Sa-de Brown shares how she became a library employee and what she's gaining from the Community-Centered Libraries project.
Sa-de Brown is a library assistant at Lucien E. Blackwell West Philadelphia Regional Library and a participant in Cohort 2 of the Skills for Community-Centered Libraries trainings.
"Life is a journey, not a destination." — Ralph Waldo Emerson
Before I was a bright-eyed library assistant, I was a child who feared the library and the books it contained. My fear of reading words was rooted in my learning disability; dyslexia often made information harder for me to understand.
I was homeschooled, and in sixth grade my mom took me to the Nicetown-Tioga Library. Librarian Frank Bonifante took me on a literacy journey where he showed me unique ways to translate and comprehend information. He encouraged me and told me that reading backwards was OK and is a thing in Japan. He equipped me with knowledge and encouraged me to volunteer when I got older, which I did later, as a teen leadership assistant.
I went on to Moore College of Art and Design, where I was a student worker at the Connelly Library. I worked as a freelance artist, and when I had to move home to take care of my mom, I decided to volunteer at Lucien E. Blackwell West Philadelphia Regional Library teaching art to kids. With Jeanne Hamann’s encouragement, I became a seasonal employee at Overbrook Park Library and then a part-timer at Haddington Library.
If librarians could encourage, engage and equip someone like me, then I figured I could do the same. Now I am a full-time library assistant at Blackwell and a student at Drexel University. As a student at Drexel, I am exploring different facets of information science. My courses have covered access to services and resources, and utilizing and connecting resources, in an effort to engage communities. This foundation has led me to seek out the practices and trainings unique to libraries that promote knowledge, foster relationships, build community awareness through innovations and recognize the library as an established anchor within the community.
Along with my Drexel classes, the Free Library of Philadelphia’s Skills for Community-Centered Libraries trainings for staff are guiding my perspective about how libraries meet communities’ needs for information. The first workshop stressed the importance of everyone’s "library story" and the connections we, as library employees, have within the community.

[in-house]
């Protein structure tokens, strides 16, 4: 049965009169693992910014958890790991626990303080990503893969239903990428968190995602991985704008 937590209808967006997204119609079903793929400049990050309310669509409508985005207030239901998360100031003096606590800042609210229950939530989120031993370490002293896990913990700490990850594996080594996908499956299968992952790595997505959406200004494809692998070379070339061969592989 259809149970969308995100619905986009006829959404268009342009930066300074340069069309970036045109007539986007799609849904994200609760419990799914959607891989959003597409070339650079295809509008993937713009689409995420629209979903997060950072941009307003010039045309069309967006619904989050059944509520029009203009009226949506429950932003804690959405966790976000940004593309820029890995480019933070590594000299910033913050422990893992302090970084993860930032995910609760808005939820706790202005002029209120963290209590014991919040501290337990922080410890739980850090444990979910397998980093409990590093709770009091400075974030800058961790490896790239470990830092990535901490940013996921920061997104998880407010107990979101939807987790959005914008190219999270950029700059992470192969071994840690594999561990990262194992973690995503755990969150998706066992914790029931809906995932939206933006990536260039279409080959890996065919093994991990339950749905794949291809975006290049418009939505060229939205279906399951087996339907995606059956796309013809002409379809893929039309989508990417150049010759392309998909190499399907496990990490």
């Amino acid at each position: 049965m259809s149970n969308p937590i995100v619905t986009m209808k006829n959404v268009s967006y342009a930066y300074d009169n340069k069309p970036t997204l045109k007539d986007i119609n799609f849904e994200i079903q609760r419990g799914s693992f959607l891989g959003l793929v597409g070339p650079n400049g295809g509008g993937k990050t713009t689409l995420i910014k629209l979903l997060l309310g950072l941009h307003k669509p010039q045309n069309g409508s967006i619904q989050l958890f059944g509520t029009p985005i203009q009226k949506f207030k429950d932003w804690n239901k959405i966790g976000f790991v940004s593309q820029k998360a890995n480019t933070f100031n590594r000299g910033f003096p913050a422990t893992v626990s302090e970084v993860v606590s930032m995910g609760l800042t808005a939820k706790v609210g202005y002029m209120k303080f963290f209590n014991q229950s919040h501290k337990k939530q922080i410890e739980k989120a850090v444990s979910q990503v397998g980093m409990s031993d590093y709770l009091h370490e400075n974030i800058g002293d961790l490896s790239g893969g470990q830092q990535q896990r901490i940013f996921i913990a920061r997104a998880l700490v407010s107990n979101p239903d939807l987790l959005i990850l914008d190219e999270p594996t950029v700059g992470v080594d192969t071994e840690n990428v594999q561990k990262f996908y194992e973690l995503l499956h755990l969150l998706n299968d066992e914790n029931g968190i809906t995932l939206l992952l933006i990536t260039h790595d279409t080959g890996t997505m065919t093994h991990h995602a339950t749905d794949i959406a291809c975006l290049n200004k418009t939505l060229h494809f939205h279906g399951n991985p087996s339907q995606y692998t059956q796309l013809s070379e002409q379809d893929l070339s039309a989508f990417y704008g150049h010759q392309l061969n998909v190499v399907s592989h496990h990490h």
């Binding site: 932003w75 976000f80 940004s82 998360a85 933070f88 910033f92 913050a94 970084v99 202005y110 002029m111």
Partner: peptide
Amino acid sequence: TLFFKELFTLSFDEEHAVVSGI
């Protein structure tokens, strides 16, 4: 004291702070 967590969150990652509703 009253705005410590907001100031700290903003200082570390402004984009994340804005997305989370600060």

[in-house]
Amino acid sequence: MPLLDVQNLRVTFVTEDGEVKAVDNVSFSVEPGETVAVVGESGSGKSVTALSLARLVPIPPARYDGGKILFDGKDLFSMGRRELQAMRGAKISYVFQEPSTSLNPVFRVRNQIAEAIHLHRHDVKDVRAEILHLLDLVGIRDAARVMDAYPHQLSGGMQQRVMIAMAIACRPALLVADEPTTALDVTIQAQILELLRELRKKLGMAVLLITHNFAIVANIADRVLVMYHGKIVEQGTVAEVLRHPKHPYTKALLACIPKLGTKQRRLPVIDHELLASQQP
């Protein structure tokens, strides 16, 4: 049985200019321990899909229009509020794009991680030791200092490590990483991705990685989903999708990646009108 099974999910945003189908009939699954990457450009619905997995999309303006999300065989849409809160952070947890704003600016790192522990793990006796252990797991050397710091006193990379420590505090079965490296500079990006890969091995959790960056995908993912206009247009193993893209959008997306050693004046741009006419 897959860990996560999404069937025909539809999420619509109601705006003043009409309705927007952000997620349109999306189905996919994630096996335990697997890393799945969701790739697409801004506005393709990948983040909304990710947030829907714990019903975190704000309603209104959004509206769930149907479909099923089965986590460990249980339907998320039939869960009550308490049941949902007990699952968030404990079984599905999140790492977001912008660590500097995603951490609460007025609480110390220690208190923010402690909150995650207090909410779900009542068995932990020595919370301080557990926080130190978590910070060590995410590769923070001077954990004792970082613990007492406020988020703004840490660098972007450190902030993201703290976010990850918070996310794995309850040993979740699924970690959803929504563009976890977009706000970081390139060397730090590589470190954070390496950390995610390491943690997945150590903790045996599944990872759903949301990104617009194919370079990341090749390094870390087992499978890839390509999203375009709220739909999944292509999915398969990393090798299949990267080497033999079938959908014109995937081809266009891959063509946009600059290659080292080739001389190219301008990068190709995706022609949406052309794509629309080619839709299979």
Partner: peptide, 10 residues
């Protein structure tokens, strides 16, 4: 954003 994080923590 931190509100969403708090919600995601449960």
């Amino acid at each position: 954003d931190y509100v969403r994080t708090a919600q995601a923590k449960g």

We began the workshop by setting ground rules needed to make a safe environment for discussion. Setting ground rules for a discussion can help build connections within the workplace and can also be used during community meetings.
To understand how we can meet any goal we put our minds to, we must first connect with our colleagues and build a team. We learned about how knowing your own strengths and others’ strengths allows a team of people to coordinate their efforts. We looked at Dr. Meredith Belbin’s Team Roles Model and how each team member fits within the model. This model is very flexible and allowed me to understand my own strengths. I am an Idea Maker and Team Worker, and my talents support these as my strengths. As library staff, we all share what Belbin calls the Specialist role, with the skills and knowledge to perform our daily work.
I am continuing my journey of exploring the role of libraries in the community through my Community-Centered Libraries project, in which I am working with another participant in my training cohort to create a Resource Look Book of community assets.
For more information about the Skills for Community-Centered Libraries initiative, contact Project Coordinator Cameron Voss at email@example.com.